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I SAW one of those clever quotes the other day that goes like this: “It’s hard to be a woman because you must think like a man, act like a lady, look like a young girl and work like a horse.”
It got me thinking about the reality of being a woman in today’s society.
Cuts to the public sector, where most of the workers are women, and the outsourcing of local services, particularly in social care, have resulted in a huge rise in the number of low-paid jobs.
Fifty-nine per cent of jobs paying below the minimum wage are held by women and many are on part-time or zero-hours contracts. Full-time work for women is slowly disappearing.
But of course this just plays to the old idea that women are predisposed to unchallenging, repetitive part-time jobs, which is why there are so few of us in senior management positions.
And if we give birth, we should really just stay at home to look after the children, which is why the government says nothing about the fact that over 54,000 women are dismissed each year or bullied out of their job if they become pregnant or that a third of Sure Start nurseries have closed due to budget cuts.
It’s not surprising that the number of people living in poverty surged by 700,000 in one year, with women suffering at an increasingly higher rate than men.
And of course, if you’re lucky enough to have a job, you won’t get paid as much as a man no matter how hard you work — obviously because we’re not as important, even if we do the same job or one of similar value.
The gender divide in our capitalist society runs deep, which is why the fight for gender equality has to operate on so many different levels.
So it’s inspiring to see women workers in Asda, Sainsbury’s and Tesco pursuing equal pay claims and more women standing up against discrimination and sexual harassment with movements like Sisters Uncut, Everyday Sexism and the #Metoo campaign.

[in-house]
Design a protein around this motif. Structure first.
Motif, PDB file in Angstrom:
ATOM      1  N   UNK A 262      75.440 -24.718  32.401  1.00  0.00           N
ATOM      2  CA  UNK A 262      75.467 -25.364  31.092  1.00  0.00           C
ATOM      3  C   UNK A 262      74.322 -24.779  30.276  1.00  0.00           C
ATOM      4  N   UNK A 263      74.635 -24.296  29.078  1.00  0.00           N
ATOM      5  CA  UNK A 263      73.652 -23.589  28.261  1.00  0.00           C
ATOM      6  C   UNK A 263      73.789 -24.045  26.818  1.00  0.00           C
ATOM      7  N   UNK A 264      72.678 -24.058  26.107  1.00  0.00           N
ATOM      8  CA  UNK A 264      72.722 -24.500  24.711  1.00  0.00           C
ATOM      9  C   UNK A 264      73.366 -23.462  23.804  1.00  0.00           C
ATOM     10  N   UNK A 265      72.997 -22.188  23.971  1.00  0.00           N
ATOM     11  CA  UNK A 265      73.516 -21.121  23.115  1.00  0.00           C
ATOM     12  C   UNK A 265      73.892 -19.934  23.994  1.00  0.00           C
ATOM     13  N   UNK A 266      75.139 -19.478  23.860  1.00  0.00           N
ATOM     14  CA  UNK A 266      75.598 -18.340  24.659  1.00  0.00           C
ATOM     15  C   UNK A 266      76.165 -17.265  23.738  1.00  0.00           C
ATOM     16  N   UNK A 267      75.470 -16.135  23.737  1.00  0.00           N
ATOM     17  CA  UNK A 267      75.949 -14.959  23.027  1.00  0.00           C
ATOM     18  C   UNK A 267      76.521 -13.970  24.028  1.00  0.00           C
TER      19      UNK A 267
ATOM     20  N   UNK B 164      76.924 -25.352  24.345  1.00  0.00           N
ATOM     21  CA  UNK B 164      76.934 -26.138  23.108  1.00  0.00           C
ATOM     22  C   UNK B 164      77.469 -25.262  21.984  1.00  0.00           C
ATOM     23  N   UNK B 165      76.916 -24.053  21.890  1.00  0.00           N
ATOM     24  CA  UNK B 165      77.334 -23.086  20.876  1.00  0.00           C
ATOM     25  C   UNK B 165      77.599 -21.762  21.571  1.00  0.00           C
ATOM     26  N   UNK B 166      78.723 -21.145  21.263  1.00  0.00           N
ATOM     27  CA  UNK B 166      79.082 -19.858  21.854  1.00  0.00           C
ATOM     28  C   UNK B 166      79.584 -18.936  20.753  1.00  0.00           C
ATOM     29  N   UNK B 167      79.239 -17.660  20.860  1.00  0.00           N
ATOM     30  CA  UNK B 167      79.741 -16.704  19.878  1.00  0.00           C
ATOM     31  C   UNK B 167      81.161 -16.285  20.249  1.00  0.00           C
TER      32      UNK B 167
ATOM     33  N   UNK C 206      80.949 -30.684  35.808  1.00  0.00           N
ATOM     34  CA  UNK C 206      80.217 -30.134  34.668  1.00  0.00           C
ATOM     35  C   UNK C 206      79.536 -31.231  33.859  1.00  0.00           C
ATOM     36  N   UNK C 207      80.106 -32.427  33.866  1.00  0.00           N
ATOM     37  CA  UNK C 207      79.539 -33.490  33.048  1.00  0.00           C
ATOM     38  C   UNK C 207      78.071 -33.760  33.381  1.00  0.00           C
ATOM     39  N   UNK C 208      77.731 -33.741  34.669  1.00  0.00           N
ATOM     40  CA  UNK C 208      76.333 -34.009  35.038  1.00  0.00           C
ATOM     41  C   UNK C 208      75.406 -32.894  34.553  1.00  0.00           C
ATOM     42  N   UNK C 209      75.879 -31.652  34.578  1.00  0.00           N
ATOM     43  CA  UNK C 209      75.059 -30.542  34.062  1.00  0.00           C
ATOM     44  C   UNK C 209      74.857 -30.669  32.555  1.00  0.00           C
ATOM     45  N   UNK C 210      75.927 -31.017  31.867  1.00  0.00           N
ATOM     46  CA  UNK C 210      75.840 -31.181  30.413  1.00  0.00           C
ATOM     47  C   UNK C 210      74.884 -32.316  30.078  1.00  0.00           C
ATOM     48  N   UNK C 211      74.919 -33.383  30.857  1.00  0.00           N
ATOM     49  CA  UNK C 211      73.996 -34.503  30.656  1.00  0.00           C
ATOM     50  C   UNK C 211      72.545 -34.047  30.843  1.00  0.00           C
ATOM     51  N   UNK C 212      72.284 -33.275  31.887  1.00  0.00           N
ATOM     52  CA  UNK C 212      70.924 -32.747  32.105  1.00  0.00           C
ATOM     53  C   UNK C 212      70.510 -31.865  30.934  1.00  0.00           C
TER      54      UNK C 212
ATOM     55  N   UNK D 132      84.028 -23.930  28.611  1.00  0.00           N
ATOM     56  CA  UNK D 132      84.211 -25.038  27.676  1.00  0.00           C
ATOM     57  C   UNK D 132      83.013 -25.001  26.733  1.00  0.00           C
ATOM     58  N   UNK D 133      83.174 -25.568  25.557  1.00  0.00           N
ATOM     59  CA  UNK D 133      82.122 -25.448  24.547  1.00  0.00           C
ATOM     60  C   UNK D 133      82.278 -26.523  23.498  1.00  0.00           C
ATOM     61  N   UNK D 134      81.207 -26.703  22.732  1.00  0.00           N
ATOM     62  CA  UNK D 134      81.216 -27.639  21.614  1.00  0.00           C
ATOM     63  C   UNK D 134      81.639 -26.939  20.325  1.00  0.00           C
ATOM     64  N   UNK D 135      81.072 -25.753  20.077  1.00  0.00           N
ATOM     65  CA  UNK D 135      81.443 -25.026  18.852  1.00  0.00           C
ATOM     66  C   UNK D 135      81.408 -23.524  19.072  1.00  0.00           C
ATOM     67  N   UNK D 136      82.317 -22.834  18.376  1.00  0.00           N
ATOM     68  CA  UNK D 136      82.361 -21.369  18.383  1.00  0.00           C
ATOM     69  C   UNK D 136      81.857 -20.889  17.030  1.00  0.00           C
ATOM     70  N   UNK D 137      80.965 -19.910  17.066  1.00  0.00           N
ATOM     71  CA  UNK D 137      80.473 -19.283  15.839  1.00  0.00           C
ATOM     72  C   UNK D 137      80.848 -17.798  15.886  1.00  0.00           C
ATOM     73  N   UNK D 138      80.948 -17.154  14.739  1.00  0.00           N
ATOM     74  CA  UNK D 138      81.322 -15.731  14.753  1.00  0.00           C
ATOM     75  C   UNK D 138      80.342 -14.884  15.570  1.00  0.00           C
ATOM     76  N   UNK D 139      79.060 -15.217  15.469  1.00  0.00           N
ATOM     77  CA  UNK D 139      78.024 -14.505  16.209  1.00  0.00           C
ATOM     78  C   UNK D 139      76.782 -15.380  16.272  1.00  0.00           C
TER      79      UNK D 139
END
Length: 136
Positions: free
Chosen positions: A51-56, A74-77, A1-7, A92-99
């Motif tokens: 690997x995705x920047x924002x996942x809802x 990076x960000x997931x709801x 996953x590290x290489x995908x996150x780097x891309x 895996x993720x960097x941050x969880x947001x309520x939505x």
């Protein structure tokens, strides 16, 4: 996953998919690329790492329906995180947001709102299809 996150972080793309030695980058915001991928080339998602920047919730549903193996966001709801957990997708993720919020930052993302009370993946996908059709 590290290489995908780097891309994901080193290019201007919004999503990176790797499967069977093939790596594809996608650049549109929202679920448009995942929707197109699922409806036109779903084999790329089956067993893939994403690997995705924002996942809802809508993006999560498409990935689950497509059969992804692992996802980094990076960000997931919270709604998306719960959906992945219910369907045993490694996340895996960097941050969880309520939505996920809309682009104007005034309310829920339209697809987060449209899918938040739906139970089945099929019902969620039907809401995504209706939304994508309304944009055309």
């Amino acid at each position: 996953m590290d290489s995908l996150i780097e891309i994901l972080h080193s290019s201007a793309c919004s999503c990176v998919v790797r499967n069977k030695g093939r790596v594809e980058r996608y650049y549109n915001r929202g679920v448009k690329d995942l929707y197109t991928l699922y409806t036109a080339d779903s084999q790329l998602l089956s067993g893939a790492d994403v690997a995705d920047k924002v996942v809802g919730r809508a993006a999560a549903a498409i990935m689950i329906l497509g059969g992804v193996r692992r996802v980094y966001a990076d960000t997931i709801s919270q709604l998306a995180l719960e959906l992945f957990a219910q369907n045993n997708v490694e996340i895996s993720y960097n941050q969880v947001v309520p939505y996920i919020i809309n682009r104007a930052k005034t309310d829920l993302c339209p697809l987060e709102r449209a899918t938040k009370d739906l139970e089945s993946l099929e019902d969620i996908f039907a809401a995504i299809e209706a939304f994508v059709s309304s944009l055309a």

For too long we have suffered the effects of a capitalist economy that stereotypes and perpetuates gender differences at work, at home and in society.
We have been subjected to an economy obsessed with measuring productivity and GDP, yet the profit produced by labour will never take account of all the other paid and unpaid activities, predominantly carried out by women, that make society work.
Women are increasingly demanding a fairer, more equal and sustainable society, where money is spent on homes, hospitals, libraries and schools, not on bombs, guns and weapons.
The National Assembly of Women (NAW), with its strong links to the trade union and labour movement, continues to play its part in this fight.
This weekend NAW members, who are actively involved in unions, the peace movement environmental and community-based campaigns will be in Liverpool at our annual meeting to share experiences and discuss the challenges ahead.
There’s a wide range of motions to debate, including gender recognition, immigration and asylum detention, defence diversification and the rise of the far right.
We will also be preparing for the TUC march on May 12 and the 70th anniversary celebration of the NHS on June 30, along with plans for our own September 29 and 30 conference on economic and social policies that advance equality and form the basis for a new charter for women.
It is hard to be a woman in today’s corrupt and rotten capitalist society, but we’re fighting back.
We won’t care if you don’t think like a man or act like a lady in the campaign to get rid of this Tory government because we desperately need to elect a Labour government that has the courage and determination to drive through radical social and economic change to improve the quality of life for women and ultimately for men too.
Anita Wright is president of the National Assembly of Women.
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